Drawing away from the conventions of story books, Ishida’s works explore the significance of images when they are set free from the written word. Outside this paradigm, the initial significance of the image is lost, and reconstructed as a new point of departure.
Originally trained in figurative painting, Ishida has abandoned the traditional elements of the Western style, such as perspective, composition and tone, in favour of incongruous objects and text sharing the same dimensional space. No single object within each work is particularly the focal point; instead, they maintain their own autonomous presence.
Ishida’s narrative is influenced by TV programmes that he enjoyed as a child, which were based on traditional Japanese folktales. Fascinated by the variety of mythological creatures and the human characteristics that they take on, Ishida has incorporated these anthropomorphic elements in the figures that inhabit his works.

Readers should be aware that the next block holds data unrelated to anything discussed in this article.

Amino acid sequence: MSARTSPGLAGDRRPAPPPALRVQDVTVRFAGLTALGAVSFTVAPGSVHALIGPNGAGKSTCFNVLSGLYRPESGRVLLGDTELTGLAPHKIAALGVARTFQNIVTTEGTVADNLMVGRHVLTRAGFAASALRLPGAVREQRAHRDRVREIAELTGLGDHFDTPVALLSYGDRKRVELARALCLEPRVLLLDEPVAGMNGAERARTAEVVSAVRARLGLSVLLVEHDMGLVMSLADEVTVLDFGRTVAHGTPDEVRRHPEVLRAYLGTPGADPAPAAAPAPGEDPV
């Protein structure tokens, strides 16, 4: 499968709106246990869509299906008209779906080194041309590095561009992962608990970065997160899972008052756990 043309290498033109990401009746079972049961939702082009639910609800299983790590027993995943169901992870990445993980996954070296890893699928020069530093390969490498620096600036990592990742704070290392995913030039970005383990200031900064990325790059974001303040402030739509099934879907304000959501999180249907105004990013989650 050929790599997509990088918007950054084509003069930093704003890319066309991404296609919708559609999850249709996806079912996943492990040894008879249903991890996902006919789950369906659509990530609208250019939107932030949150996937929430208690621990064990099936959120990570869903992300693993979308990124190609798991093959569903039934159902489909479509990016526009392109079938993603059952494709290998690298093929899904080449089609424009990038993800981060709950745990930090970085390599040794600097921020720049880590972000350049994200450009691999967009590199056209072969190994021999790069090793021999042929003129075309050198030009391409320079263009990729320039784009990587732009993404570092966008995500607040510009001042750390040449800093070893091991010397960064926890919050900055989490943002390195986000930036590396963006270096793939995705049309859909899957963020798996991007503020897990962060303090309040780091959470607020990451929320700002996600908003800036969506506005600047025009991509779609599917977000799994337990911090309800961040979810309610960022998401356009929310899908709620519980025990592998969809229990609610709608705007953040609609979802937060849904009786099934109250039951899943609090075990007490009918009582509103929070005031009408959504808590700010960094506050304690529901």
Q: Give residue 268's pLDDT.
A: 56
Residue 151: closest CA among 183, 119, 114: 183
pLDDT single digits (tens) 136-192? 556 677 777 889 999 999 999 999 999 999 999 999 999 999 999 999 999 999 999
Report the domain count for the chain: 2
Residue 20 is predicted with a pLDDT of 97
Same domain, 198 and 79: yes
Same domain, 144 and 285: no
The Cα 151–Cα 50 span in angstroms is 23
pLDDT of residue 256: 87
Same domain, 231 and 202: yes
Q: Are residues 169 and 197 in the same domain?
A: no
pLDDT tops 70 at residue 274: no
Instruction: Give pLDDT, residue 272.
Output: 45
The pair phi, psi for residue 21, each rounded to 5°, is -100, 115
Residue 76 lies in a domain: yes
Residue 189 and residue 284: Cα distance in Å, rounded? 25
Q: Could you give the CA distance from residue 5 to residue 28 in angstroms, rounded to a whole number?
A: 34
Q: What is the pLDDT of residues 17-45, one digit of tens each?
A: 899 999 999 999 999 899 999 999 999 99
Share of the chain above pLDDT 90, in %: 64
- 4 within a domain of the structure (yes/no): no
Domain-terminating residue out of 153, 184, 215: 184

The image, like a toy which draws us into play, invites the viewer into a fantasy space in which they can navigate the complexity of the canvas and the decontextualised illustrations. Merging time, space and logic, Ishida’s works have no beginning, middle or end to their stories, and channel the child-like curiosity of a story book.
Private view: Wings, Paws and Claws by Keiji Ishida
29 October 2015, Event time: 6:00pm – 8:00pm
Drawing away from the conventions of story books, Keiji Ishida’s works explore the significance of images when they are set free from the written word. The image, reconstructed as a new point of departure, invites the viewer into a space in which the decontextualised illustrations can narrate alternative stories.
Free but booking is essential at www.dajf.org.uk/bookin
19 November 2015, Event time: 6:00pm – 8:00pm
Keiji Ishida and Professor David Rayson, Head of Painting at the Royal College of Art, will discuss Ishida's practice and his current exhibition "Wings, Paws and Claws" at the Daiwa Foundation Japan House gallery.
Image: Polaris [detail], 2015, oil on canvas © Keiji Ishida